Bride-to-be dumped by fiancée after she was deported to India
Hyderabad: The rings had been exchanged; the trousseau packed; the fairy tale scripted. On a bright February morning in Hyderabad, Sujatha would marry the man of her dreams and fly away into the little bubble that they had built together in the United States, over the past five years.
But this perfect narrative took a cruel turn on January 7, when the young bride-to-be landed at the Newark airport only to be met by a bunch of US Customs and Border Protection officers. They whisked her away into a cramped interrogation room, found University of Farmington documents in her luggage, and 10 hours later pronounced her fate: go back to India now and do not return for five years.
Sujatha had just returned to the United States after a short break to finish her wedding shopping.
Three days and multiple rounds of scrutiny later – at Dubai and Hyderabad airports — she was back home in India, but only to be dealt with the biggest blow of her life. Her boyfriend-turnedfiancée had called off the engagement. Still in the US with a respectable job, Sai* wasn’t sure if a long-distance relationship would work. Also, he had aged parents to support. So, returning to India, only to marry Sujatha wasn’t an option.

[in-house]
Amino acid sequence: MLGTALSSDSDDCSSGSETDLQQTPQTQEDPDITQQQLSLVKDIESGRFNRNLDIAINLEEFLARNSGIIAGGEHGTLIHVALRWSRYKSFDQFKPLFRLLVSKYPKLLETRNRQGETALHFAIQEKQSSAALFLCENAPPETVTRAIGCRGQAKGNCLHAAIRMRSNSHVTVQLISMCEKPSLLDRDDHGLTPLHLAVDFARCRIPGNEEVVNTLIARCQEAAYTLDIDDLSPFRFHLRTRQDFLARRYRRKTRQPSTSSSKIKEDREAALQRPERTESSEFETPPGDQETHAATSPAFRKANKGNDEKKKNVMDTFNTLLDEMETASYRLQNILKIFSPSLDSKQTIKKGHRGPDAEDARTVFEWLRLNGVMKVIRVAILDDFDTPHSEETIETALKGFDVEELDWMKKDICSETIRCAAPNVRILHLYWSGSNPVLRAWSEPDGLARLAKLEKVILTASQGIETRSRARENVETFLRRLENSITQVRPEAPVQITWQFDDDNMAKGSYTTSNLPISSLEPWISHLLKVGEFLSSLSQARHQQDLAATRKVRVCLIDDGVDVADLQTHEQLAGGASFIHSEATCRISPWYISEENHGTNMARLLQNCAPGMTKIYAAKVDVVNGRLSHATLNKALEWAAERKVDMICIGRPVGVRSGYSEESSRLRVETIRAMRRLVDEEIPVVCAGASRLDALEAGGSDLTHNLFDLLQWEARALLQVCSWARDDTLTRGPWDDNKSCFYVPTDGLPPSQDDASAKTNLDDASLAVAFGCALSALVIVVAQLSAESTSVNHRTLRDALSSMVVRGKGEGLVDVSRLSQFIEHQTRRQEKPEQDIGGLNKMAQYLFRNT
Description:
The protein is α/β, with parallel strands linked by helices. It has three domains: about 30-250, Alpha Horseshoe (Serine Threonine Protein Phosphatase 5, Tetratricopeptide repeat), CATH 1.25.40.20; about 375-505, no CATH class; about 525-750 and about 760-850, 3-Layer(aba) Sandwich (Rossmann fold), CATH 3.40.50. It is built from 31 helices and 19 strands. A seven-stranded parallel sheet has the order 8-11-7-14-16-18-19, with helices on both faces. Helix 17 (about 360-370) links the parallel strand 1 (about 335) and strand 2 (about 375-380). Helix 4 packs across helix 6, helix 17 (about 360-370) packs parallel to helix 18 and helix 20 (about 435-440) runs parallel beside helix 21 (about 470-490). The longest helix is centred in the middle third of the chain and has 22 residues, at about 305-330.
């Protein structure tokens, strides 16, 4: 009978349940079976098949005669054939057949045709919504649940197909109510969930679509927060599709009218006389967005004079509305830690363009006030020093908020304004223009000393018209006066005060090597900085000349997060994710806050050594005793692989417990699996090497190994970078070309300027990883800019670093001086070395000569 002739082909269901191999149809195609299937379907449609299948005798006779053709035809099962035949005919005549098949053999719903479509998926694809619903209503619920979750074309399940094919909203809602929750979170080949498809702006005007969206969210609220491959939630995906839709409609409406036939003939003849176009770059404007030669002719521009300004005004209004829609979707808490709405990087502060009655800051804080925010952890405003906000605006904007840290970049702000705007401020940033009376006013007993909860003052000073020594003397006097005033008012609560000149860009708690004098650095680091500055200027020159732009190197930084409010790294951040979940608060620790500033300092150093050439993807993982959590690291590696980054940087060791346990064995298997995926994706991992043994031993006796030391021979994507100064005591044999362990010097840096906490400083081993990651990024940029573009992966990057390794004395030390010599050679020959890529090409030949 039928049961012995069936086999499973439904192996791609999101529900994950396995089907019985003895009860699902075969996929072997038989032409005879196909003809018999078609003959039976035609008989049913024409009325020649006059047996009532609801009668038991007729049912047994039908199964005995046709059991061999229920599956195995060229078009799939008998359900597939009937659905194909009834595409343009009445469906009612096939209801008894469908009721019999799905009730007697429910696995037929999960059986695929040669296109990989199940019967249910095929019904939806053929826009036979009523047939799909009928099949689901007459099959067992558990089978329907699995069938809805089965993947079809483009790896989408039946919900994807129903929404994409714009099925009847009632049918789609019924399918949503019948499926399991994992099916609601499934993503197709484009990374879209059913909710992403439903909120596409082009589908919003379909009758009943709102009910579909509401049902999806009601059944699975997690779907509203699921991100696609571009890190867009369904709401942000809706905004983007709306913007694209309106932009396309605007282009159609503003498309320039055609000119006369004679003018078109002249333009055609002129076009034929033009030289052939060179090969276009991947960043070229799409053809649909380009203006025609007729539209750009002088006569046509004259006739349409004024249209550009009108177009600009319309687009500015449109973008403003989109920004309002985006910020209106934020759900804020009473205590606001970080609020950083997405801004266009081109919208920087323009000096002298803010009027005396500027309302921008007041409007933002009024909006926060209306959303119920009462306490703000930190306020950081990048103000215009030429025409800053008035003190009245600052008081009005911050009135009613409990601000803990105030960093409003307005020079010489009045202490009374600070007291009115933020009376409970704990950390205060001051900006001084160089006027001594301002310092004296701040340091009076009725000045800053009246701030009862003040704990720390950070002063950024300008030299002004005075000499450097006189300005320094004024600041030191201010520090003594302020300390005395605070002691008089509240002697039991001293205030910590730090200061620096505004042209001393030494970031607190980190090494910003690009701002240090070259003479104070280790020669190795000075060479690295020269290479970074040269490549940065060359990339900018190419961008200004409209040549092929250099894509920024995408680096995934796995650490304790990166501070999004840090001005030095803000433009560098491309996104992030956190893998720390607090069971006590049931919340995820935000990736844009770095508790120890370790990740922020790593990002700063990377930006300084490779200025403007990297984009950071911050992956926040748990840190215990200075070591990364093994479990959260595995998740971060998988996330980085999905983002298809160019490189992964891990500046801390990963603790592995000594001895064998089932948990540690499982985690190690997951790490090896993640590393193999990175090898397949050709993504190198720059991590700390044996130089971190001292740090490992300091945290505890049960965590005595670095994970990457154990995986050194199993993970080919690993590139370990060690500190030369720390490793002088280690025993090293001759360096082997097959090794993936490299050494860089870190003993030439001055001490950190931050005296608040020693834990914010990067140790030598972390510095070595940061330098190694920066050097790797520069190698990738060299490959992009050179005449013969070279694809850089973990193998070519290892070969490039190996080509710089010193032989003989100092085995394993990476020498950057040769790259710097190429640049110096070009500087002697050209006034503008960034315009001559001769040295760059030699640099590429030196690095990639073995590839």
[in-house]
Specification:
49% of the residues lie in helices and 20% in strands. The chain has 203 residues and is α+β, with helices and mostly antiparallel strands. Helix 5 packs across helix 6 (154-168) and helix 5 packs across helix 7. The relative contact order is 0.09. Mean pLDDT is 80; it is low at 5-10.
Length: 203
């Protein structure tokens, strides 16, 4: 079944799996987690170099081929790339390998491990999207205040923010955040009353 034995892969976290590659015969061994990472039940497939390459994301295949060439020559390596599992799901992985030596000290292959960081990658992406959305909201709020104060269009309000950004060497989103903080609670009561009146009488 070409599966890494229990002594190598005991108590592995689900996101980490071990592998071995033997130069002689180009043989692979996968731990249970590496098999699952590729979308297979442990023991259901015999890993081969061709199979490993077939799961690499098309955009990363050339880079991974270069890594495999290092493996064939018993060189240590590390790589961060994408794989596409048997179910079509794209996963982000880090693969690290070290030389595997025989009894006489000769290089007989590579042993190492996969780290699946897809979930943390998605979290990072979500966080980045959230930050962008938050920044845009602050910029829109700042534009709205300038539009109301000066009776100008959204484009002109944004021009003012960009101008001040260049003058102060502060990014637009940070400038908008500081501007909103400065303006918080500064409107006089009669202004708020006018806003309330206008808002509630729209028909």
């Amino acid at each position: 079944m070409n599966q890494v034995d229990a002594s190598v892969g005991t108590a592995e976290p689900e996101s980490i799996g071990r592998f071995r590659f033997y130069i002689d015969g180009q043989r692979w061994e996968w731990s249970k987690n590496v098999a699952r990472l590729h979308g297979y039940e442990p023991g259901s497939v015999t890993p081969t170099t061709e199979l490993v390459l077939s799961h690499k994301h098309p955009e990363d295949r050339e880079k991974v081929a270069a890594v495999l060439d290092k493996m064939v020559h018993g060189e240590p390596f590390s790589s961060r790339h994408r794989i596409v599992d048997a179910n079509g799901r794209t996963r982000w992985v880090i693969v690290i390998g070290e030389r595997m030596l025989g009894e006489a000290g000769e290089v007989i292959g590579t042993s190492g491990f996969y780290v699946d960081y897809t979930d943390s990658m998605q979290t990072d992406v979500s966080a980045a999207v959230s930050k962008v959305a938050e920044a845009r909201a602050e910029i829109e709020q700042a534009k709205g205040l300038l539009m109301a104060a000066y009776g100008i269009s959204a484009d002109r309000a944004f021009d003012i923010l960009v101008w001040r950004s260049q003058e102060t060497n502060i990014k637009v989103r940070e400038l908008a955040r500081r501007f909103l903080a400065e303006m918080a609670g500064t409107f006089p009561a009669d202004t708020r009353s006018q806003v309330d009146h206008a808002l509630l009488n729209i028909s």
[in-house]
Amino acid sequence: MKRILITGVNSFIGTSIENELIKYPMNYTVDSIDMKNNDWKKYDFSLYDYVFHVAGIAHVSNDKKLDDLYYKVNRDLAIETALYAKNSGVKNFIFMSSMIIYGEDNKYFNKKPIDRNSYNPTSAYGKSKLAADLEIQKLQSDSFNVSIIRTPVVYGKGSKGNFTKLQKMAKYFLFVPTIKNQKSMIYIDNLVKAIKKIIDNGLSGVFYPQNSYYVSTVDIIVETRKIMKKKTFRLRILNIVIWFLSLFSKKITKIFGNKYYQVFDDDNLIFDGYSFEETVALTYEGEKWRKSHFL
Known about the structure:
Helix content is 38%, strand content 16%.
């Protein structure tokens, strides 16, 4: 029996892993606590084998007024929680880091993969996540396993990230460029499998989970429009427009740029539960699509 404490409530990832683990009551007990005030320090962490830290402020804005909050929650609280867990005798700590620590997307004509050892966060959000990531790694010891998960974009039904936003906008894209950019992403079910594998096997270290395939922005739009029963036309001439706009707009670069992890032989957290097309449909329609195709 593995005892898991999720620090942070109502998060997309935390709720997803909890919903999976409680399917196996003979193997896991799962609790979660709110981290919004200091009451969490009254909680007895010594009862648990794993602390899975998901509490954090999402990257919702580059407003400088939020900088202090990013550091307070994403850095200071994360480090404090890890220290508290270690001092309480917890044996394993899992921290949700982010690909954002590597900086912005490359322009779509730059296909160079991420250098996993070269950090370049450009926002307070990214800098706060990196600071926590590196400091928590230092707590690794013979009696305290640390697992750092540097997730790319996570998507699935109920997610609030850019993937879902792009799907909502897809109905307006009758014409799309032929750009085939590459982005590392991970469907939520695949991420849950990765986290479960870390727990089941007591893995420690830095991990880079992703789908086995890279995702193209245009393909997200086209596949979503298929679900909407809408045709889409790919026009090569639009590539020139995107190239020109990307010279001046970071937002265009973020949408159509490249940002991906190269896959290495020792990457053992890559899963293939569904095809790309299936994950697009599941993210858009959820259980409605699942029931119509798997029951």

“Ever since, she has been shattered. She has locked herself up in the house and is not speaking to anyone. That people in the family’s social circles are only talking about the two of them, has only made things more difficult for her and her parents and,” said a shattered uncle, Srinivas* reiterating the horrific experience that the girl went through during those days in January.
While the papers that Sujatha signed before being deported (copies of which are with TOI) indicates that she voluntarily admitted to having committed a “F1 visa fraud” and agreed to be “removed from the United States under the Expedited Removal provision”, her uncle says that she knew nothing about it until she landed in the city. “It was only at the Hyderabad airport that this 10-page document was handed over to her. In Newark, Sujatha was just instructed to sign them without asking questions,” he claimed, adding, “Once she saw the papers, she also realised that she had been barred from re-entering the US for a period of five years.”
(All names changed)